What to Share in the Holiday Letter to Birth Family

The holidays cause many adoptive families to reflect on their children's birth parents and other relatives. What should parents include in the holiday letter to birth family?

An image of a holiday letter to birth family

From Thanksgiving to the end of the year, everyone’s focus is on family. Even TV commercials show happy families celebrating the holidays together. As a result, this season can be painful for birth parents, especially if their contact with their children is minimal. And parents in open adoptions deliberate over what and how much to share with them. Will detailed information be painful — or reassuring — to the birth mother?

What you should keep in mind is that your child’s birth mother is a relative. You don’t have to love her, and she doesn’t have to be your best friend (as with some of your other relatives!) — but you should think of her as an extended family member.

This is what open adoption is about. Knowing that your child is happy will help the birth mother continue to feel good about the difficult decision she made however many years ago. And the holiday season is an especially important time to let her know you are thinking about her.

What to Share

How can you let your child’s birth mother know she’s in your thoughts? The type of contact will depend on the relationship you have maintained over the years. If you have been in regular contact, whether by mail, phone, or visits with the family, your child’s birth mother will expect a detailed update or a get-together. If your contact has been more limited, I’m sure she’ll appreciate a letter and a photo.

Your child’s birth mother will enjoy hearing the details about your child’s life — who he is now — his personality, his interests, his accomplishments. Parents might worry that details would be painful or would make the birth mother regret that she placed her child for adoption.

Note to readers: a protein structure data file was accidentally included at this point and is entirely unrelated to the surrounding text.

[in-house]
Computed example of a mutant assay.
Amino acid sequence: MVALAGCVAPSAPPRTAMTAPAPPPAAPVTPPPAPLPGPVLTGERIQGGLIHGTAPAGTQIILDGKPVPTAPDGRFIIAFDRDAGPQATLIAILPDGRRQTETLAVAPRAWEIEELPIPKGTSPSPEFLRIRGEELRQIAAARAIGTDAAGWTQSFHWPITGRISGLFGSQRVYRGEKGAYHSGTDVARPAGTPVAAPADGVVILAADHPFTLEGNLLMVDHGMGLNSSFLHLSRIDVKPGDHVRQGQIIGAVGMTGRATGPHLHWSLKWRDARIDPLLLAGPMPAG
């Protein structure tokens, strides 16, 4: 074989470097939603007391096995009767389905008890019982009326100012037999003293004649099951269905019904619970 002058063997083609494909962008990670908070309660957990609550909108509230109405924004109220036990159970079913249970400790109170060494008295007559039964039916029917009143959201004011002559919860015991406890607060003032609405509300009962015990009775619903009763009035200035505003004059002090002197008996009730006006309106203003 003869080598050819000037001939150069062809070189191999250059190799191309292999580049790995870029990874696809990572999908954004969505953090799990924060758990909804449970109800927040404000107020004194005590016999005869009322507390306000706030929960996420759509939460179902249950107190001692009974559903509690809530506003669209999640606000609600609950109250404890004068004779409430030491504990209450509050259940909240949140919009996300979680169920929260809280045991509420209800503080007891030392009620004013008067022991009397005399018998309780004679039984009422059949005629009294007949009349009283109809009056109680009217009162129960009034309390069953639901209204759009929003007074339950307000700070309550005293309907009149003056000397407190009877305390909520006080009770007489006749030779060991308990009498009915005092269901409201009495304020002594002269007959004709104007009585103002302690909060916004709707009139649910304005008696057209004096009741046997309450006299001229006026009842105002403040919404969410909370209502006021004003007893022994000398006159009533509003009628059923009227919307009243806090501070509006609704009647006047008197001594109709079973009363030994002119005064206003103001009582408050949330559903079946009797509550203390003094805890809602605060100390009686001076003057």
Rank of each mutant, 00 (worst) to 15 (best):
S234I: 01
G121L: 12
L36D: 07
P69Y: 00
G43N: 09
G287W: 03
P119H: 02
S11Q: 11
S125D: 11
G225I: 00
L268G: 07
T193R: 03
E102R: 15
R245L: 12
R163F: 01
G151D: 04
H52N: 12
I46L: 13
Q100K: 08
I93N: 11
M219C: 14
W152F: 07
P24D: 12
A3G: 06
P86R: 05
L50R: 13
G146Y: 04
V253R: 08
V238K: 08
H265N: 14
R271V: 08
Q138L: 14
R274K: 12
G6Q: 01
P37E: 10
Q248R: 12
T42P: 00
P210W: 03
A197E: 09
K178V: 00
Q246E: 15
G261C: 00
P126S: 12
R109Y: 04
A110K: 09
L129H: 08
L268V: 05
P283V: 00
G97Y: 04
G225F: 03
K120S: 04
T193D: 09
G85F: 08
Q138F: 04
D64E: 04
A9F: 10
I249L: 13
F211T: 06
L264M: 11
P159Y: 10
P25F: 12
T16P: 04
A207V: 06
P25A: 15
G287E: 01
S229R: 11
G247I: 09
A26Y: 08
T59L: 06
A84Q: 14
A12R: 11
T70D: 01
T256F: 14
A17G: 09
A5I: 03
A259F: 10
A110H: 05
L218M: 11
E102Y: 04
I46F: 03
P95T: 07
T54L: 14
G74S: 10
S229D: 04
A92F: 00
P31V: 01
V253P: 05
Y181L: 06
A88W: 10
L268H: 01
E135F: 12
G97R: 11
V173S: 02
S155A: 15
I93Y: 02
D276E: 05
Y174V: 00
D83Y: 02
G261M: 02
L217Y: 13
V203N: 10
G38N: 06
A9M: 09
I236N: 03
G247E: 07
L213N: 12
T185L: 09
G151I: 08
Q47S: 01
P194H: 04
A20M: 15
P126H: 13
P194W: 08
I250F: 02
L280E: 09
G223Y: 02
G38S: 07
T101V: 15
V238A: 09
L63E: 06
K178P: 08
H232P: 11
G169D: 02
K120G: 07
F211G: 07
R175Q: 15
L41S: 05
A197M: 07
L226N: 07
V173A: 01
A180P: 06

The reality is that the adoption plan was made out of love. She chose not to parent him, but she will always love him. So go ahead and tell her about the wonderful things your child does — that your son won the spelling bee at his school last year, for example, or that he’s learning to play the guitar.

You might ask your child what she’d like to share in a holiday letter to her birth mother. At older ages, many children write their own letters to be enclosed in the holiday cards sent to the birth family. Or your child may want to draw a picture to send with your letter.

By including her in this project, you gain an opportunity to talk with her again about her adoption story. You can remind her of the permanence of your family, as well as the love of her birth mother.

A 10-year-old I know, David, doesn’t visit with his birth mother, but he enjoys writing his own letter to her at holiday time. This year he talked about his accomplishments on the soccer field, and he asked her what her favorite sport is.

Many families also exchange gifts with their children’s birth parents at holiday time — as they do with other family members. If you have a close relationship with the birth family, consider a gift exchange. To young children, a gift from a birth parent is concrete evidence of her love; it attests to the fact that she thinks of them often.

Katie, an eight-year-old child I know, loves the teddy bear her birth mother gave her last Christmas. The bear sits on Katie’s bookshelf, and she tells visitors that it is from her birth mother, Susie. If you wanted to send a gift to your son’s birth mother, she’d surely cherish a framed photograph of him.

Whatever level of communication you have with your child’s birth mother, the holidays provide a wonderful opportunity to talk with your child about family and about all the people in his life who love him.


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